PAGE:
The rise of electric vehicles makes good planning more crucial than ever

Economists, energy analysts and even psychologists will debate and anticipate the impacts of a gas-free future. I expect that, overall, it will be much better than the status quo. But trade-offs will be made (oil drilling for cobalt and nickel mining, for example) and unintended consequences will occur, as is always the case with major technological changes.

In 2005, the prospect of widespread use of electric vehicles – let alone those that could outperform the most noxious hot rods of the time – was, if not unthinkable, at least implausible. That year, California drivers emitted about 180 million tons of carbon into our 1.01 million cubic miles of troposphere.

Surely California needs to reduce pollution. But, just as surely, it must also make cities more pleasant. The problem with “nicer cities” is inherent in the term itself: it is vague, subjective and debatable. Public policy loves measurement, however. The more definitive a measure, the better. If you can say what you want, you can figure out how to get it, and later you can assess whether you got what you want.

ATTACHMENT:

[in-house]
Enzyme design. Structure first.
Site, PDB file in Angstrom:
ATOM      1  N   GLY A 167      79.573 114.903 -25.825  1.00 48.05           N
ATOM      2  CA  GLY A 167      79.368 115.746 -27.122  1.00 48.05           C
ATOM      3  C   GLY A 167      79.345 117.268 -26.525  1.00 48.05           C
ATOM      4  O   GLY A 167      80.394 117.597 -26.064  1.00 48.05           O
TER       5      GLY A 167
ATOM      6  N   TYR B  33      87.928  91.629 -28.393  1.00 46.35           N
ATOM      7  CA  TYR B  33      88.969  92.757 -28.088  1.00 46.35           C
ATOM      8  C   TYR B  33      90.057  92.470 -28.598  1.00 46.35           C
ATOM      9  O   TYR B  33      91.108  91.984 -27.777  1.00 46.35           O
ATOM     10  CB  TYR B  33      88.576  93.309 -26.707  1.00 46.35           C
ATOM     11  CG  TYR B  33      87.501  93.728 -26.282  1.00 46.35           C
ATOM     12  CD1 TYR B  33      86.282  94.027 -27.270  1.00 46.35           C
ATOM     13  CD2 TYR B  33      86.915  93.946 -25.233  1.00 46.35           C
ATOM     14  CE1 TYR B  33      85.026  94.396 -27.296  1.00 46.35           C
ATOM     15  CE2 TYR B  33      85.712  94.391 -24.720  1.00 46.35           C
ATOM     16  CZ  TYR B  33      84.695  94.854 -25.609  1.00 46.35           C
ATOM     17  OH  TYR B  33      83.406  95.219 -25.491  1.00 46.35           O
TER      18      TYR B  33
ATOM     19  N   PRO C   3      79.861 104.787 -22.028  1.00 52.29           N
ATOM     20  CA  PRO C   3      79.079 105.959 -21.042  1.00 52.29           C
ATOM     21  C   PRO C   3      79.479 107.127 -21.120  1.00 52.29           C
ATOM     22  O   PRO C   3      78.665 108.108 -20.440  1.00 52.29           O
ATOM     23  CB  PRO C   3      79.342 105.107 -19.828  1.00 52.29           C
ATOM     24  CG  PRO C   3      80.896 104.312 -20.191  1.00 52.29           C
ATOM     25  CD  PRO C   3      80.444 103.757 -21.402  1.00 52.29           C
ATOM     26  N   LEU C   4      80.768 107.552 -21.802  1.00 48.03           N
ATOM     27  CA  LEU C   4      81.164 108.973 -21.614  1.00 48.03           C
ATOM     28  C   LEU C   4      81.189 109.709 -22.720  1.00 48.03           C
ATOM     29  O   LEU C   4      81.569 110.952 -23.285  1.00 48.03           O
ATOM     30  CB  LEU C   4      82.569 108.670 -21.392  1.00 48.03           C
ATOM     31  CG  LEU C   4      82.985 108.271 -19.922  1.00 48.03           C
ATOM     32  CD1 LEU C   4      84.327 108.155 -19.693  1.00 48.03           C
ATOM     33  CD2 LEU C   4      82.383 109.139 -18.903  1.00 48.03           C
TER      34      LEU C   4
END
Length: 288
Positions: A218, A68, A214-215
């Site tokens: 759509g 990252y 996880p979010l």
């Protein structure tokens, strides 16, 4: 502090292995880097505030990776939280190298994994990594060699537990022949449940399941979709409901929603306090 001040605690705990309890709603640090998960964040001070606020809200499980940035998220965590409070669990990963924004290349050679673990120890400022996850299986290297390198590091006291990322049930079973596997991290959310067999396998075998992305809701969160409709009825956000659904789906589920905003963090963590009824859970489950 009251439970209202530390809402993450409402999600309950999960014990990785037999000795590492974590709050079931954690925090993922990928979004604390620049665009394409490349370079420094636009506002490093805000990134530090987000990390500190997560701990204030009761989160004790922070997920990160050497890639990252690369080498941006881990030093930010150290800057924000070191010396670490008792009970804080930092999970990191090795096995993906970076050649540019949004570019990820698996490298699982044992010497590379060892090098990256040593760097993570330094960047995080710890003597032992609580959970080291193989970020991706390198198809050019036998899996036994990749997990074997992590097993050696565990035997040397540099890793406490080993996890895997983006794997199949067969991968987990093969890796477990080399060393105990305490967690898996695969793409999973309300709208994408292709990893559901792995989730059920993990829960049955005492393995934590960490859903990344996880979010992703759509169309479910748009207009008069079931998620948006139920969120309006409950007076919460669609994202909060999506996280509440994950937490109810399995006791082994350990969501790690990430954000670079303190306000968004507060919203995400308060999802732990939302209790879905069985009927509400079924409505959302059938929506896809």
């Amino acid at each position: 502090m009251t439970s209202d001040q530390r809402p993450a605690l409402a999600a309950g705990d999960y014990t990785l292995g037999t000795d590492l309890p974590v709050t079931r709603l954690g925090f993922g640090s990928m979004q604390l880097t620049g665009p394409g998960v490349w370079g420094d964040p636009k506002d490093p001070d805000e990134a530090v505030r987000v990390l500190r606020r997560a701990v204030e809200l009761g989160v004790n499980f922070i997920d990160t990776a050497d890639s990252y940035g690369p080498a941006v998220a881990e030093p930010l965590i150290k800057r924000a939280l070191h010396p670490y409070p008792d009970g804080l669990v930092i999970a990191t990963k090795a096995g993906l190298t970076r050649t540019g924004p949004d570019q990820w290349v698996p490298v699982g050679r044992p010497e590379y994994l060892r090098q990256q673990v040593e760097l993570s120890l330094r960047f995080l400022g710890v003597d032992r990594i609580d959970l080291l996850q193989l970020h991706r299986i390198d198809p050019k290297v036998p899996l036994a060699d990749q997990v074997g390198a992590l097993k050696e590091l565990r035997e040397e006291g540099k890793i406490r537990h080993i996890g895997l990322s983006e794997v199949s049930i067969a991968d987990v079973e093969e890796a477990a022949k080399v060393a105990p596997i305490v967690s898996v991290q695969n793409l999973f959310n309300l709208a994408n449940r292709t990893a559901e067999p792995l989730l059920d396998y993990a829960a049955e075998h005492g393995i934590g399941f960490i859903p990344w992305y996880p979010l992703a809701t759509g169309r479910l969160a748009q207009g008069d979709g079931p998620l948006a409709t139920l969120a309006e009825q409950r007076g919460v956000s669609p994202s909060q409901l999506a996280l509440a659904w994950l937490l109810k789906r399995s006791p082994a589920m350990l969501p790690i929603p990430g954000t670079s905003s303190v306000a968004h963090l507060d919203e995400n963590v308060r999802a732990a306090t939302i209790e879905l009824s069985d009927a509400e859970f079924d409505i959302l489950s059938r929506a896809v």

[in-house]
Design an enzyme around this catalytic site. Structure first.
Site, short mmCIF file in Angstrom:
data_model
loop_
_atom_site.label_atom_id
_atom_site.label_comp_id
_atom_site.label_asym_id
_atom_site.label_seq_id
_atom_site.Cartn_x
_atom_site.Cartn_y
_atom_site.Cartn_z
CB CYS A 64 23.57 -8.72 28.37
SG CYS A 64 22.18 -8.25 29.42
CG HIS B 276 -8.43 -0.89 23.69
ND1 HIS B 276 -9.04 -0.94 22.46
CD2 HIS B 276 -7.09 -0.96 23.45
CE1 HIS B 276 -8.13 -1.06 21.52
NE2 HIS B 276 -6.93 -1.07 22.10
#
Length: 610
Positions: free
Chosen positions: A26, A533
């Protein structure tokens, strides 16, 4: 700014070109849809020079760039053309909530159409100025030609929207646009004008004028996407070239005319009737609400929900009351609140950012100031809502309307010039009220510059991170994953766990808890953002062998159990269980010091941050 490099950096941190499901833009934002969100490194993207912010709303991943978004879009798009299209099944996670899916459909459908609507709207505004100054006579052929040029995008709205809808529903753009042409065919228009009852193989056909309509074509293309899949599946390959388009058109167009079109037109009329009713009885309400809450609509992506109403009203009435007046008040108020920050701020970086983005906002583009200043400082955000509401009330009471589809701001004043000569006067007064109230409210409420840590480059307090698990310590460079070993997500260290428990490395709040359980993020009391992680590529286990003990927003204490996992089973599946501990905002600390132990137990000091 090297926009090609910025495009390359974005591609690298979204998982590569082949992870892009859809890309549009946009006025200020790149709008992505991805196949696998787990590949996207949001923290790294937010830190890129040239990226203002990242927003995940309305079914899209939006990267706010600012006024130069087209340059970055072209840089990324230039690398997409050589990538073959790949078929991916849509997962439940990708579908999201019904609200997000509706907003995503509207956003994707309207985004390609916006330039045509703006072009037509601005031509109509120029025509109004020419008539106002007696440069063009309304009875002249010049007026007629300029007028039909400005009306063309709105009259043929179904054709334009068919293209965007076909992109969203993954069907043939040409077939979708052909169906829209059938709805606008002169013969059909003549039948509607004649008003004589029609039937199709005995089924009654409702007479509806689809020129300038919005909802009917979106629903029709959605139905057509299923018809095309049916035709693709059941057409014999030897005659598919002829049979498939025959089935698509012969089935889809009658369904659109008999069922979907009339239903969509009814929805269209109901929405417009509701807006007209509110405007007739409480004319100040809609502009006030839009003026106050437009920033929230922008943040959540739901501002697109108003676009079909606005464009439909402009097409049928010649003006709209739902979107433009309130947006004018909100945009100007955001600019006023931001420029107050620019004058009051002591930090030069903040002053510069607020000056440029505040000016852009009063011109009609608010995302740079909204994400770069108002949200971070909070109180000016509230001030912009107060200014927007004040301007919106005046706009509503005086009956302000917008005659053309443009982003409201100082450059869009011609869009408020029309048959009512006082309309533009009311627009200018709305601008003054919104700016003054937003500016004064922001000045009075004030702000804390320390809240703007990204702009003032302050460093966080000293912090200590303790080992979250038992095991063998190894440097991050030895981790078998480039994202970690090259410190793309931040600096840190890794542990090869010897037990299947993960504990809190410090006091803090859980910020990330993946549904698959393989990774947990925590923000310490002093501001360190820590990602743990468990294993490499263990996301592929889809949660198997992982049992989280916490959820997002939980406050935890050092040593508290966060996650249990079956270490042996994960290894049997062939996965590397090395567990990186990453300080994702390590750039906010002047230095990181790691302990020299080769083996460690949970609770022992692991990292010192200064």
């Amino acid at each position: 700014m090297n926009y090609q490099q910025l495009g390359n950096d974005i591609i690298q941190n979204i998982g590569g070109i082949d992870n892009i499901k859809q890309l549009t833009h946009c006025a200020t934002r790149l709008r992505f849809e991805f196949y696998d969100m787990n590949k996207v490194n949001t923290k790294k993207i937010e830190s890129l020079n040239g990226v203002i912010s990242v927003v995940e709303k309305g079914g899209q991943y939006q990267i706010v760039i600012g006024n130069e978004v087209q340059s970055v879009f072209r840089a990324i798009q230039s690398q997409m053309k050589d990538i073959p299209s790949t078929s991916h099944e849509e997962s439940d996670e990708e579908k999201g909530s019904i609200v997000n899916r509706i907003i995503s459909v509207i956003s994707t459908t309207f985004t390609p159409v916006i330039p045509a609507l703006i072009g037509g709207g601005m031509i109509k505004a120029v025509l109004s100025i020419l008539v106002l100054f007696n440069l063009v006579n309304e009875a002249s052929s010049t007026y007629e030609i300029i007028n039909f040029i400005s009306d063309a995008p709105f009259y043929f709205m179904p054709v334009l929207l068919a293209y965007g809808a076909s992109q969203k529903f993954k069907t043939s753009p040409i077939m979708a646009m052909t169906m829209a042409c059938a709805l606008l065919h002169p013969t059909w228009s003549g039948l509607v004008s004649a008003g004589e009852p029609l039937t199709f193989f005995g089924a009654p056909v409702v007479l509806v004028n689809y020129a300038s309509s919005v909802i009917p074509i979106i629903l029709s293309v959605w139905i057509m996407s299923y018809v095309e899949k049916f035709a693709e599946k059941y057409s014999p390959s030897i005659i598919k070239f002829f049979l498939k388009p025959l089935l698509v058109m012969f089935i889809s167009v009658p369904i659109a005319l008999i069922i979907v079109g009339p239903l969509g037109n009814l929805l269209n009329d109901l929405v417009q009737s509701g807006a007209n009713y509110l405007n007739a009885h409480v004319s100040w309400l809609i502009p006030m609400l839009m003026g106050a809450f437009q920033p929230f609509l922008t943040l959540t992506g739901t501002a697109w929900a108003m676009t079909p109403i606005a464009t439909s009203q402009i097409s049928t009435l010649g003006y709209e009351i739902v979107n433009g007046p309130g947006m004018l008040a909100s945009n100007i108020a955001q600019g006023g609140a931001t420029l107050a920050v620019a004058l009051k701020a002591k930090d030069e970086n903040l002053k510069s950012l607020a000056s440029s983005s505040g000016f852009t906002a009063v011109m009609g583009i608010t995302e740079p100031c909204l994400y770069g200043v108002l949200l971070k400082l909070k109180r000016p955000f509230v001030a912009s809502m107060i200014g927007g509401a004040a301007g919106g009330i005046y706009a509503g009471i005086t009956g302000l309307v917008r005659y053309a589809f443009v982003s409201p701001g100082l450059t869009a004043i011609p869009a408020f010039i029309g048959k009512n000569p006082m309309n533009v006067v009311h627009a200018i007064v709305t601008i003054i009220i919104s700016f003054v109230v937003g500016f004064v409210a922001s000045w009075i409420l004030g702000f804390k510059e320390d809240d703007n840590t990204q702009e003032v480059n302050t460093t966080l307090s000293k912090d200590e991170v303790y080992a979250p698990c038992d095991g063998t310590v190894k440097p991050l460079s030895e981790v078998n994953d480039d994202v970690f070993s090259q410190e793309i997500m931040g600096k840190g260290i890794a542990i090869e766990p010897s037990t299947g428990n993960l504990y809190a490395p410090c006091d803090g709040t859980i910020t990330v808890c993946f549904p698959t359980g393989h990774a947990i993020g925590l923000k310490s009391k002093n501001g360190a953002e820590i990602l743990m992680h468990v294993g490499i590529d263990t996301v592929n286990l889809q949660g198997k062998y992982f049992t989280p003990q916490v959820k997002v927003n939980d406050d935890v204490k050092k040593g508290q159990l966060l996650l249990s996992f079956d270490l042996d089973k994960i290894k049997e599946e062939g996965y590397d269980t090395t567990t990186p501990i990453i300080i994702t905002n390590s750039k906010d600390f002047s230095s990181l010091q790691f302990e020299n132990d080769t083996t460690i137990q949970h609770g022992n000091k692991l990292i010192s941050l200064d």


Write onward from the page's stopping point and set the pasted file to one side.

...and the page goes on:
Cars remain cars, electric or not. They still take up space. They still need energy and infrastructure. They can still kill occupants and bystanders. They still make people lazy and antisocial. Walking, biking, rolling, scootering and taking the bus are all better than mining lithium and building highways if we want to be sustainable.

About Robert Pierson

Check Also

Sime Darby Motors in talks to bring in BYD’s electric vehicles

It is believed that SIME Darby Motors Sdn Bhd, the automotive arm of Sime Darby …